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Greedy Algorithm

- A greedy algorithm always makes the choice that

looks best at the moment - Key point Greed makes a locally optimal choice

in the hope that this choice will lead to a

globally optimal solution - Note Greedy algorithms do not always yield

optimal solutions, but for SOME problems they do

Greed

- When do we use greedy algorithms
- When we need a heuristic (e.g., hard problems

like the Traveling Salesman Problem) - When the problem itself is greedy
- Greedy Choice Property (CLRS 16.2)
- Optimal Substructure Property (shared with DP)

(CLRS 16.2) - Examples
- Minimum Spanning Tree (Kruskals algorithm)
- Optimal Prefix Codes (Huffmans algorithm)

Elements of the Greedy Algorithm

- Greedy-choice property A globally optimal

solution can be arrived at by making a locally

optimal (greedy) choice. - Must prove that a greedy choice at each step

yields a globally optimal solution - Optimal substructure property A problem

exhibits optimal substructure if an optimal

solution to the problem contains within it

optimal solutions to subproblems. This property

is a key ingredient of assessing the

applicability of greedy algorithm and dynamic

programming.

Greedy Algorithm Minimum Spanning Tree

- Kruskals minimum spanning tree algorithm
- INPUT edge-weighted graph G (V,E), with V

n - OUTPUT T a spanning tree of G (touches all

vertices, and therefore has n-1 edges) of minimum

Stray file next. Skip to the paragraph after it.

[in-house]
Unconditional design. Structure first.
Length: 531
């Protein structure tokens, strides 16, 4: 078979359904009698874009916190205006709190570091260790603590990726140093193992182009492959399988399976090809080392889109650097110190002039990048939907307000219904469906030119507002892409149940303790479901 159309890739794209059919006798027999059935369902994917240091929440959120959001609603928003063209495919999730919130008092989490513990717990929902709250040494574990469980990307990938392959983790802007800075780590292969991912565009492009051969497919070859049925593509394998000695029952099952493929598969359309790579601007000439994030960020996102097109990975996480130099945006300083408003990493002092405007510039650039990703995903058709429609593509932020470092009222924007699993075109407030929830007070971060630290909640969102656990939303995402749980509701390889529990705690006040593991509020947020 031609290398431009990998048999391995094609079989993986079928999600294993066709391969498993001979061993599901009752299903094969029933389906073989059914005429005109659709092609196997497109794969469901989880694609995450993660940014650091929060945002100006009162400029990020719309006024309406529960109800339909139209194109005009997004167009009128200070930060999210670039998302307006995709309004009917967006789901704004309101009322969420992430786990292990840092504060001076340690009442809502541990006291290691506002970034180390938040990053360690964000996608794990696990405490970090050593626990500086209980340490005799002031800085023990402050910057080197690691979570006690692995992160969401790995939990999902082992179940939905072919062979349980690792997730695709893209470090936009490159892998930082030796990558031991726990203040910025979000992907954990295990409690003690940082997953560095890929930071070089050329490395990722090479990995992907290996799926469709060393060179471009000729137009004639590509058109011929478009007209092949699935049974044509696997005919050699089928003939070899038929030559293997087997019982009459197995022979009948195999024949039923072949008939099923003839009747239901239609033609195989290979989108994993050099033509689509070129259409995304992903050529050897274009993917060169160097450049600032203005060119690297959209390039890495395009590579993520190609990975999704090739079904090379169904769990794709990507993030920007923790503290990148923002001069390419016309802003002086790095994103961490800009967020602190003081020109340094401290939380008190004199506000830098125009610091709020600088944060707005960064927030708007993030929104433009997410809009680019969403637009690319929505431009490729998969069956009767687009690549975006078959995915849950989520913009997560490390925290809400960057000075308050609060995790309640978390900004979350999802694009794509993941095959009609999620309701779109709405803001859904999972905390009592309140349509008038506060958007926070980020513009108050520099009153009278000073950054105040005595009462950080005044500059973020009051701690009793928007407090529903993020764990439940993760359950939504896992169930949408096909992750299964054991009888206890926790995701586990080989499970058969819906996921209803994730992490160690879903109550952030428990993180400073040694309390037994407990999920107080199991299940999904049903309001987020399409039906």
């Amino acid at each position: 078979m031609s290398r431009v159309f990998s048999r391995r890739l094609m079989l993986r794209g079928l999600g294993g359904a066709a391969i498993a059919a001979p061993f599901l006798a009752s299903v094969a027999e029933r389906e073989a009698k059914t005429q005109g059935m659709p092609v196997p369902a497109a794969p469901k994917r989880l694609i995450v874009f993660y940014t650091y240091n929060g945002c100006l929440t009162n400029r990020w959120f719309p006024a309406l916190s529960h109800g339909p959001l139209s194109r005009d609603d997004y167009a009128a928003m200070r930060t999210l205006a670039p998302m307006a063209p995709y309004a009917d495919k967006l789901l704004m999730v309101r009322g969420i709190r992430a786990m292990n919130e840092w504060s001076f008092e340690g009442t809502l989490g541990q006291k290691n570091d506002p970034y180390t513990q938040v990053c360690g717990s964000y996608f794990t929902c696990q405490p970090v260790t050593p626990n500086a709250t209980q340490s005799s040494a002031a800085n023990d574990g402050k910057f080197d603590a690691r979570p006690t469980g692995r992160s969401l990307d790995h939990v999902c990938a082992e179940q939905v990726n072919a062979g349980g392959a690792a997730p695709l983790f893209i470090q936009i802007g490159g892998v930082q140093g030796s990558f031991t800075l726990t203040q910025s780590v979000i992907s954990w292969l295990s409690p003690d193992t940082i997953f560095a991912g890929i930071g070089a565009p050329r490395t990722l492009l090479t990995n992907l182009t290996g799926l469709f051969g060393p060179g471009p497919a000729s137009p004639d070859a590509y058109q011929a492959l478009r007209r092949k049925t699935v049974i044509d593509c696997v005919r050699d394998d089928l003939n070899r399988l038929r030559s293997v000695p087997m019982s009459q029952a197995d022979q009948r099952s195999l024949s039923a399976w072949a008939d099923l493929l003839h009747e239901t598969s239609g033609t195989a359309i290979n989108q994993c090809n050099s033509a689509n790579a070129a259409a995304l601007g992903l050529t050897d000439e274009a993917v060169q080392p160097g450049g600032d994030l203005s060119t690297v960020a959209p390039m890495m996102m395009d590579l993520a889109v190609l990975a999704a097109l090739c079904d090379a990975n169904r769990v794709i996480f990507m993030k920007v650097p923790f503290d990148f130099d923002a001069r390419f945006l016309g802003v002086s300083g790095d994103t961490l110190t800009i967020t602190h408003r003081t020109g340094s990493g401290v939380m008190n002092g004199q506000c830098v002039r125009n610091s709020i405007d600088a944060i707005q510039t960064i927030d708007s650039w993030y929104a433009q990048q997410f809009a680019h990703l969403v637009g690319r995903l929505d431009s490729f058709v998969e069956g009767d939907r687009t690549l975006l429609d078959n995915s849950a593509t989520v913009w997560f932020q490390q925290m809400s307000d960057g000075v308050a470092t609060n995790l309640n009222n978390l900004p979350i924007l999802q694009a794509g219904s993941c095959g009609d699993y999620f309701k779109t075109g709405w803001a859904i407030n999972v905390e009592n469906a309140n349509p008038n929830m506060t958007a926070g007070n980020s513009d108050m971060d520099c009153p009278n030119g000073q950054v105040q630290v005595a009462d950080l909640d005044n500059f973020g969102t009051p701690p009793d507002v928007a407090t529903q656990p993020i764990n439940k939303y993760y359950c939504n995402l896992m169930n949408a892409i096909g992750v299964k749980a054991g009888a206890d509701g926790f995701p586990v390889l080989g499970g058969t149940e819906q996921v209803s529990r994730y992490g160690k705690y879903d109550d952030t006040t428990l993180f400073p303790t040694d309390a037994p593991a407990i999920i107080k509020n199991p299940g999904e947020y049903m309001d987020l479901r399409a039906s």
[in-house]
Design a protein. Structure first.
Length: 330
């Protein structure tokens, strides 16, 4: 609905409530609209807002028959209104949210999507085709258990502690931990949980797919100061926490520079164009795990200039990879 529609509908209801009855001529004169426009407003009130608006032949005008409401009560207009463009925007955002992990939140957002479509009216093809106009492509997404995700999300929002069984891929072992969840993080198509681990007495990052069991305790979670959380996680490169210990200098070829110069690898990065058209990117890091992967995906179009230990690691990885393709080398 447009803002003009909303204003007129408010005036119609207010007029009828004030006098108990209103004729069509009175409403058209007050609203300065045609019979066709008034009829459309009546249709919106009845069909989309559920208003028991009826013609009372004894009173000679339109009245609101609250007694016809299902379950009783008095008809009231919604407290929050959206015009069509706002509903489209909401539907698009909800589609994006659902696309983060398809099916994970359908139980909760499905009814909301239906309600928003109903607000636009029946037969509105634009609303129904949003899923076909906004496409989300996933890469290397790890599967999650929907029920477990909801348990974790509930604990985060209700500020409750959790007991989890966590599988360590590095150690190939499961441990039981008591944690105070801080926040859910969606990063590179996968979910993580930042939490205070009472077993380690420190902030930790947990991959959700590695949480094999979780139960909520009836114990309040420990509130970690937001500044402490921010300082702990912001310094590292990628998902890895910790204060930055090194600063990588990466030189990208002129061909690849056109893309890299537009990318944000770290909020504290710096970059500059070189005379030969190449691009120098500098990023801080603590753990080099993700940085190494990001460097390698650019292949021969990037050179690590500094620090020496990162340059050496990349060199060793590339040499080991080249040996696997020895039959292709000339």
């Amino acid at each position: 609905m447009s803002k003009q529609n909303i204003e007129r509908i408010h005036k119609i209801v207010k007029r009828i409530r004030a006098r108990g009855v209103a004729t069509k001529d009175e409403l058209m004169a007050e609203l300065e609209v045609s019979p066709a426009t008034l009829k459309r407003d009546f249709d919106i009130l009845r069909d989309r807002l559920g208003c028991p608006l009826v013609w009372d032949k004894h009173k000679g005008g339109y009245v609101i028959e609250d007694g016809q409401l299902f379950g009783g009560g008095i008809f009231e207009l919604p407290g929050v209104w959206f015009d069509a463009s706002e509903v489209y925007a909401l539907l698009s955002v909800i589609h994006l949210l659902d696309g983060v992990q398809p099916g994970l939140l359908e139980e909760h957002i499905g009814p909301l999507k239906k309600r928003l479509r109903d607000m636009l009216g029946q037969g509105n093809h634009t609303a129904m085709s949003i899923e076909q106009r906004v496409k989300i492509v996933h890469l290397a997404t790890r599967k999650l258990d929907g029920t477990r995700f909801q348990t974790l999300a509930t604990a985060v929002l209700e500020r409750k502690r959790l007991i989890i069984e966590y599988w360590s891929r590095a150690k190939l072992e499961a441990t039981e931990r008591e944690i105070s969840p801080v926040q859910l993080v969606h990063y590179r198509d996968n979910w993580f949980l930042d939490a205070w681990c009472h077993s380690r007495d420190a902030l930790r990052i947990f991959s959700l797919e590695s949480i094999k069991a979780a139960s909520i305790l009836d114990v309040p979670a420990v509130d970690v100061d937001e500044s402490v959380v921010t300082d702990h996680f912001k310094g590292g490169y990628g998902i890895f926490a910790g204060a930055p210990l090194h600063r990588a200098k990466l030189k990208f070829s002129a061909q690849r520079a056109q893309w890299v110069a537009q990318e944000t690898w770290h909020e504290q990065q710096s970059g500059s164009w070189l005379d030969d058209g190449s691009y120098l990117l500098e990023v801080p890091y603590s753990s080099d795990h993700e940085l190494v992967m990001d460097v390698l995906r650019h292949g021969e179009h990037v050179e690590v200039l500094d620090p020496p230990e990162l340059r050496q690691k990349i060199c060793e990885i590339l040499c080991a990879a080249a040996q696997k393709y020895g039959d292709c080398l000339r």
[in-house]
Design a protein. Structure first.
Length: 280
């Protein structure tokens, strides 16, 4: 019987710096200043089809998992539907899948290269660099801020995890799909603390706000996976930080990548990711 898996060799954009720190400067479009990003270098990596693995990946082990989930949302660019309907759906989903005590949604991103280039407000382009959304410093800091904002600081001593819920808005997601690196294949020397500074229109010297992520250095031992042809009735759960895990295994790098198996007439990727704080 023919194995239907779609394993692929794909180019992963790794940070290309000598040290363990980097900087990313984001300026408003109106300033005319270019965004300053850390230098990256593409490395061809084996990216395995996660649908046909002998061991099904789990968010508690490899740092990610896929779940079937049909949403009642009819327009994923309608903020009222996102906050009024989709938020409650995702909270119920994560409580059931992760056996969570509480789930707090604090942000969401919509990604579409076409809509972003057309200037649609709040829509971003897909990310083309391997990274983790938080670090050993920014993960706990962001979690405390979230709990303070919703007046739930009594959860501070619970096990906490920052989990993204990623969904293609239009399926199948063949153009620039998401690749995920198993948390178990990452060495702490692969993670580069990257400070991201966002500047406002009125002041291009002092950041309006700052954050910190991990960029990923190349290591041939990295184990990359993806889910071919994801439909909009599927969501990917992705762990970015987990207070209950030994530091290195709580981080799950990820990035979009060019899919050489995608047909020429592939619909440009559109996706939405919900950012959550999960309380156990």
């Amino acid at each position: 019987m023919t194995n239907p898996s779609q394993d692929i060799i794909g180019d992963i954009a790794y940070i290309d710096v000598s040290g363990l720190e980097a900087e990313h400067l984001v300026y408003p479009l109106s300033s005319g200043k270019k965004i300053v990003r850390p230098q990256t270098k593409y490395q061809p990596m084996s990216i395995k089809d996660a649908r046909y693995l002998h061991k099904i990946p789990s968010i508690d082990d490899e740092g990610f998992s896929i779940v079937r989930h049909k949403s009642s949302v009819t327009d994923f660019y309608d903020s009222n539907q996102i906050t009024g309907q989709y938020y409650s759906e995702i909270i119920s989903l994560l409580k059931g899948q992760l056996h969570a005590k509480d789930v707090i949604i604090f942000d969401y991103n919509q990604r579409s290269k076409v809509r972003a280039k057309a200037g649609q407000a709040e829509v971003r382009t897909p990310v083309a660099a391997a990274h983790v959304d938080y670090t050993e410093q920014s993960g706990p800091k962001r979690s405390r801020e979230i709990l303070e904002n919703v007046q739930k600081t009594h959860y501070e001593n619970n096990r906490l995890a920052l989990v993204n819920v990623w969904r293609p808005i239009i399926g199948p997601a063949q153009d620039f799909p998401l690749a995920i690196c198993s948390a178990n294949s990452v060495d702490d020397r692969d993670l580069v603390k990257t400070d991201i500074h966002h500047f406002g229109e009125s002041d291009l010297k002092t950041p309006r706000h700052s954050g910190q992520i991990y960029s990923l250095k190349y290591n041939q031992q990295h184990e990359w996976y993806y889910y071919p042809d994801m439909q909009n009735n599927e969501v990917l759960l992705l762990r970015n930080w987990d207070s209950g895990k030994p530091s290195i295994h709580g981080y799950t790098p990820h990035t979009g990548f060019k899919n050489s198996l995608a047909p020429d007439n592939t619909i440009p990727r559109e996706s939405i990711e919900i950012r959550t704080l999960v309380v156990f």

cost ( total edge weight) - Will grow a set of edges T until it contains n-1

edges - Algorithm Start with T empty, then iteratively

add to T the smallest (minimum-cost) remaining

edge in the graph if the edge does not form a

cycle in T - Claim Greedy-MST is correct.
- Proof (by induction)
- Define a promising edge set E E to be any edge

set that is a subgraph of some MST. We will show

by induction that as T is constructed, T is

always promising.

Proof of Kruskals Algorithm

- Basis T 0, trivial.
- Induction Step T is promising by I.H., so it is

a subgraph of some MST, call it S. Let ei be the

smallest edge in E, s.t. Tei has no cycle,

eiT. - If eiS, were done.
- Suppose eiS, then S S ei has a unique

cycle containing ei, and all other arcs in cycle

ei (because S is an MST!) - Call the cycle C. Observe that C with ei cannot

be in T, because T ei is acyclic (because

Kruskal adds ei)

Proof of Kruskals Algorithm

- Then C must contains some edge ej s.t. ejS, and

we also know c(ej)c(ei). - Let S S ei \ ej
- S is an MST, so Tei is promising

Greedy Algorithm Huffman Codes

- Prefix codes
- one code per input symbol
- no code is a prefix of another
- Why prefix codes
- Easy decoding
- Since no codeword is a prefix of any other, the

codeword that begins an encoded file is

unambiguous - Identify the initial codeword, translate it back

to the original character, and repeat the

decoding process on the remainder of the encoded

file

Greedy Algorithm Huffman Codes

- Huffman coding
- Given frequencies with which with which source

symbols (e.g., A, B, C, , Z) appear in a message - Goal is to minimize the expected encoded message

length - Create tree (leaf) node for each symbol that